Latest News

Thursday, January 17, 2019

The Lachie Neale hole is bigger than you think in Fremantle’s midfield

Trading Lachie Neale to Brisbane was a case of short-term pain for long-term gain at Fremantle in both list balance and team performance.
But that doesn’t mean replacing him will be easy, particularly this season.
The Dockers wanted to keep Neale but ended up granting his trade request in order to get the necessary draft picks to bring key forward Jesse Hogan across from Melbourne.
They filled a position they had needed to address for years by doing so, and with midfielders like Andrew Brayshaw and Adam Cerra coming through the ranks they would bet on someone stepping up to replace Neale’s output by the time they’re back in contention.
That’s all great long-term, but a look at the numbers suggests the hole left by Neale in the midfield is going to take some serious filling.
The fact Neale racked up a lot of possessions wasn’t a secret, but his 331 contested touches ended up being 11.1 per cent of his team’s total for the year in the statistical category, according to HPN Footy.
Only two other players in the league collected a larger share of their team’s contested touches last season - Patrick Cripps (13 per cent) and Tom Mitchell (11.3 per cent). You can imagine what would happen if you took Cripps out of Carlton’s midfield and in Mitchell’s case at Hawthorn, we’re about to find out.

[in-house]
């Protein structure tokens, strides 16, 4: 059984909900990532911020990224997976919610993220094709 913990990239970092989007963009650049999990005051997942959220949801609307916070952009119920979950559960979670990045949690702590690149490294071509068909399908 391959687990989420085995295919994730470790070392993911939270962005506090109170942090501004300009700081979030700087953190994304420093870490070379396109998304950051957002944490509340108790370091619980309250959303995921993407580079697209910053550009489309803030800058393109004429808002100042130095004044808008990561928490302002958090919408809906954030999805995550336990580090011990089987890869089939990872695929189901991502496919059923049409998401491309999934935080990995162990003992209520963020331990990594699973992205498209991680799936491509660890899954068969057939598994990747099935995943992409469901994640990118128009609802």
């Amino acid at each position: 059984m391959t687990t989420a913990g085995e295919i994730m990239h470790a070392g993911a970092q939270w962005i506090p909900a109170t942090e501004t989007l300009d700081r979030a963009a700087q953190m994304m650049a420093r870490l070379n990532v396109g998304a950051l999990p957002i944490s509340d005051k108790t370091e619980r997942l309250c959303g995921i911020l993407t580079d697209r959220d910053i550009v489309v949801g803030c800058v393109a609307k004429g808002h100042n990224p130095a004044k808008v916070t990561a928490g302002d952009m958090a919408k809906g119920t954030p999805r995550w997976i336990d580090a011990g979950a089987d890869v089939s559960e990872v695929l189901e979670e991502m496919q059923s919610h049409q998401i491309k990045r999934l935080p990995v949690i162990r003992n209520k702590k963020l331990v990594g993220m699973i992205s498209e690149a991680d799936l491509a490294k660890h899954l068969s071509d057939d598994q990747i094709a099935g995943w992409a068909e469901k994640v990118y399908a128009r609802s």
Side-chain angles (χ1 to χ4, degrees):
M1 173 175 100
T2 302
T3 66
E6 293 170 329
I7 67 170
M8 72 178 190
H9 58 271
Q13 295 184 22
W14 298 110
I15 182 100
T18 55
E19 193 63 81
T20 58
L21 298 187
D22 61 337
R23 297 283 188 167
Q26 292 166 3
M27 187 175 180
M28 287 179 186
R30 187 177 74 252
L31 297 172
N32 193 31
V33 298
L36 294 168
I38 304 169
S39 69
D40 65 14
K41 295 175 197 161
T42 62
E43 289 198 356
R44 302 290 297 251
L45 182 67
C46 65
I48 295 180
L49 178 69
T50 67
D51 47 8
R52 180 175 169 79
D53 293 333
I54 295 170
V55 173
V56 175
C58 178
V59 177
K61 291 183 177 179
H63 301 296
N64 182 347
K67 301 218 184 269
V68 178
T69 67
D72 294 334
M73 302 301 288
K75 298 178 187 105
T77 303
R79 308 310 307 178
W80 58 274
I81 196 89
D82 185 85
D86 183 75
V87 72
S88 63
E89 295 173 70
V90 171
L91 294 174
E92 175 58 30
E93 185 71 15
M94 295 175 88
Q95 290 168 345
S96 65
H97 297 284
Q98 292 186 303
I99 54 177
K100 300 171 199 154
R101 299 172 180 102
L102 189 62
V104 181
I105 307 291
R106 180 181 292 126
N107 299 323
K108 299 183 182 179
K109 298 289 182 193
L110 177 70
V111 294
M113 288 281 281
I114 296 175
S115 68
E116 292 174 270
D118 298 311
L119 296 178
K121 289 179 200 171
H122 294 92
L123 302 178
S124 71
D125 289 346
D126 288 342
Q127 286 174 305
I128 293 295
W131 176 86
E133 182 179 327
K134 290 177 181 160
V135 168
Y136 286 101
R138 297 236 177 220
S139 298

The other big contested ball winners at the Dockers are no surprise - Nat Fyfe sat at 8.1 per cent, and David Mundy at 7.7 per cent. Things drop off quite steeply after that.
Contested possessions aren’t everything but somebody needs to win the ball in tight, and Fremantle have shown that they’re not at a stage where they can rely on just using the ball well enough to pick their way through their opponents. Fyfe is a beast around the contest and will hopefully get another full season out of his body, so his production will lift in Neale’s absence, but Mundy’s not getting any younger.
Bailey Banfield will be part of the answer, you would expect. He contributed 4.2 per cent of Freo’s contested possessions last season and averages 6.3 a game. The Claremont product did a lot of run-with roles in his first season, so may need to be released to hunt in tight a bit more.
Connor Blakely ranks elite for contested ball over his career, per AFL Stats Pro, but has been really effective at half-back in recent seasons. Moving him to a more permanent on-ball roll will be robbing Peter to pay Paul a bit, but sometimes Paul needs to be paid.
Then there’s the natural progression of Brayshaw (5.6 contested possessions per game) and Cerra (5.4) - added together they still wouldn’t have equalled Neale’s output last year, but it’s a wait and see in 2019.
Ross Lyon is a fan of Allan Jeans’ three phases concept of footy: the ball is in dispute, we have the ball, or they have the ball.
When you lose a bloke who contributes so heavily to the first of those phases, it’s going to take a fair bit of work to fix the deficit, and in a year where the pressure will really start to ramp up he’ll need to find a solution early.


1. Lachie Neale - 11.1%
2. Nat Fyfe - 8.1%
3. David Mundy - 7.7%
4. Michael Walters - 5.3%
5. Bailey Banfield - 4.2%
6. Ed Langdon - 4.1%
7. Adam Cerra - 3.8%
8. Alex Pearce - 3.5%
9. Luke Ryan - 3.3%
10. Andrew Brayshaw - 3.2%